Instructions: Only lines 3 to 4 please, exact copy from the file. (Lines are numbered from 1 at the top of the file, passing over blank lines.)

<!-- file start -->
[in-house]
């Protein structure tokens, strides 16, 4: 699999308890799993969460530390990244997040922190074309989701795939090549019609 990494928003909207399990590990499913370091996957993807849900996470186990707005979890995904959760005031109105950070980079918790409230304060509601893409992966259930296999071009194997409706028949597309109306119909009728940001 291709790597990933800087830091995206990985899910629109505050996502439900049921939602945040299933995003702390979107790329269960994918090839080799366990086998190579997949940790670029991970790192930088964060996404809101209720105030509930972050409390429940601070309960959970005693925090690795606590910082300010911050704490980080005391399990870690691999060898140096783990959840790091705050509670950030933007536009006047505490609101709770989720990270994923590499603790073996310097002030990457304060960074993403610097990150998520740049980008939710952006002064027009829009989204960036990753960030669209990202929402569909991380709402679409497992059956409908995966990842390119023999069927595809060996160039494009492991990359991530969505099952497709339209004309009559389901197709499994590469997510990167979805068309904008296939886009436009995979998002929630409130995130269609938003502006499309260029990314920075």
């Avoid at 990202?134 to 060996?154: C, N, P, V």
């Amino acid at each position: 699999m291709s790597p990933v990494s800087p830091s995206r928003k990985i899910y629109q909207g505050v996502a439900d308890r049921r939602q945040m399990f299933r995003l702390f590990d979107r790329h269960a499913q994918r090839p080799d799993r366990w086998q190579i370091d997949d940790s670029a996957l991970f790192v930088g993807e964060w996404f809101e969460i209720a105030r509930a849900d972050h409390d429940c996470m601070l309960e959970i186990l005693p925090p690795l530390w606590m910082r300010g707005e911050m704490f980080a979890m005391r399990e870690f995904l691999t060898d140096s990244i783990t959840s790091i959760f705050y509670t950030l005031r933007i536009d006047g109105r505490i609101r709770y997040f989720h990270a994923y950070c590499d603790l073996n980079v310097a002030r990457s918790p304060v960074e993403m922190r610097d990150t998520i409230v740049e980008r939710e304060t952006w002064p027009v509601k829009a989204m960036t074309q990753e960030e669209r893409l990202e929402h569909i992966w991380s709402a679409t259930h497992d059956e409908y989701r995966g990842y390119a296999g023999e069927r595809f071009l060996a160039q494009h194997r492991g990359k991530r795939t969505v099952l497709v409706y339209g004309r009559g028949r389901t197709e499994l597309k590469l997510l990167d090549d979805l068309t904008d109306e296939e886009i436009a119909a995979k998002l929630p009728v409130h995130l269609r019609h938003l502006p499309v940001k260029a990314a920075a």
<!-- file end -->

């Avoid at 990202?134 to 060996?154: C, N, P, V």
């Amino acid at each position: 699999m291709s790597p990933v990494s800087p830091s995206r928003k990985i899910y629109q909207g505050v996502a439900d308890r049921r939602q945040m399990f299933r995003l702390f590990d979107r790329h269960a499913q994918r090839p080799d799993r366990w086998q190579i370091d997949d940790s670029a996957l991970f790192v930088g993807e964060w996404f809101e969460i209720a105030r509930a849900d972050h409390d429940c996470m601070l309960e959970i186990l005693p925090p690795l530390w606590m910082r300010g707005e911050m704490f980080a979890m005391r399990e870690f995904l691999t060898d140096s990244i783990t959840s790091i959760f705050y509670t950030l005031r933007i536009d006047g109105r505490i609101r709770y997040f989720h990270a994923y950070c590499d603790l073996n980079v310097a002030r990457s918790p304060v960074e993403m922190r610097d990150t998520i409230v740049e980008r939710e304060t952006w002064p027009v509601k829009a989204m960036t074309q990753e960030e669209r893409l990202e929402h569909i992966w991380s709402a679409t259930h497992d059956e409908y989701r995966g990842y390119a296999g023999e069927r595809f071009l060996a160039q494009h194997r492991g990359k991530r795939t969505v099952l497709v409706y339209g004309r009559g028949r389901t197709e499994l597309k590469l997510l990167d090549d979805l068309t904008d109306e296939e886009i436009a119909a995979k998002l929630p009728v409130h995130l269609r019609h938003l502006p499309v940001k260029a990314a920075a």